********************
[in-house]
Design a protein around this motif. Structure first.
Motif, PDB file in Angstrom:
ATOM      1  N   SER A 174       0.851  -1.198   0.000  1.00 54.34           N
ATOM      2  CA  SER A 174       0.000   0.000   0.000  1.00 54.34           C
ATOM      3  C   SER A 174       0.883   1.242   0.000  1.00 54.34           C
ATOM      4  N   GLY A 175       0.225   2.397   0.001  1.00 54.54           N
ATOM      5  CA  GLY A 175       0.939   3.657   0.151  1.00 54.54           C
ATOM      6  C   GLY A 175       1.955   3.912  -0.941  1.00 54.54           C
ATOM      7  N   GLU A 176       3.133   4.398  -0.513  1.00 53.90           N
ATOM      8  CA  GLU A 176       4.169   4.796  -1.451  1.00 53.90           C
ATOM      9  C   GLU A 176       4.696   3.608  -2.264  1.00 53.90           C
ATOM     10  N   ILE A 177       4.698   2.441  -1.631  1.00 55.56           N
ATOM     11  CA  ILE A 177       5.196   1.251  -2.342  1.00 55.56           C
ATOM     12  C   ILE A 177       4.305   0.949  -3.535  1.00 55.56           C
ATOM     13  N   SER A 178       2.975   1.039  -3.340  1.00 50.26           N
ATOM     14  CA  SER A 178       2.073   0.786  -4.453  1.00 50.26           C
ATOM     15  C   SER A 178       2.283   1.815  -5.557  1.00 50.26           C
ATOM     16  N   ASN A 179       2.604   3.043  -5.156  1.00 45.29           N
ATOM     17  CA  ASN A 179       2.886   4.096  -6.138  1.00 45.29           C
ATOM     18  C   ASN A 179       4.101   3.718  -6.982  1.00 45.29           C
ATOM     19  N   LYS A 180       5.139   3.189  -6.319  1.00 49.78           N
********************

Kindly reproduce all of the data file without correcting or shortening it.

[in-house]
Design a protein around this motif. Structure first.
Motif, PDB file in Angstrom:
ATOM      1  N   SER A 174       0.851  -1.198   0.000  1.00 54.34           N
ATOM      2  CA  SER A 174       0.000   0.000   0.000  1.00 54.34           C
ATOM      3  C   SER A 174       0.883   1.242   0.000  1.00 54.34           C
ATOM      4  N   GLY A 175       0.225   2.397   0.001  1.00 54.54           N
ATOM      5  CA  GLY A 175       0.939   3.657   0.151  1.00 54.54           C
ATOM      6  C   GLY A 175       1.955   3.912  -0.941  1.00 54.54           C
ATOM      7  N   GLU A 176       3.133   4.398  -0.513  1.00 53.90           N
ATOM      8  CA  GLU A 176       4.169   4.796  -1.451  1.00 53.90           C
ATOM      9  C   GLU A 176       4.696   3.608  -2.264  1.00 53.90           C
ATOM     10  N   ILE A 177       4.698   2.441  -1.631  1.00 55.56           N
ATOM     11  CA  ILE A 177       5.196   1.251  -2.342  1.00 55.56           C
ATOM     12  C   ILE A 177       4.305   0.949  -3.535  1.00 55.56           C
ATOM     13  N   SER A 178       2.975   1.039  -3.340  1.00 50.26           N
ATOM     14  CA  SER A 178       2.073   0.786  -4.453  1.00 50.26           C
ATOM     15  C   SER A 178       2.283   1.815  -5.557  1.00 50.26           C
ATOM     16  N   ASN A 179       2.604   3.043  -5.156  1.00 45.29           N
ATOM     17  CA  ASN A 179       2.886   4.096  -6.138  1.00 45.29           C
ATOM     18  C   ASN A 179       4.101   3.718  -6.982  1.00 45.29           C
ATOM     19  N   LYS A 180       5.139   3.189  -6.319  1.00 49.78           N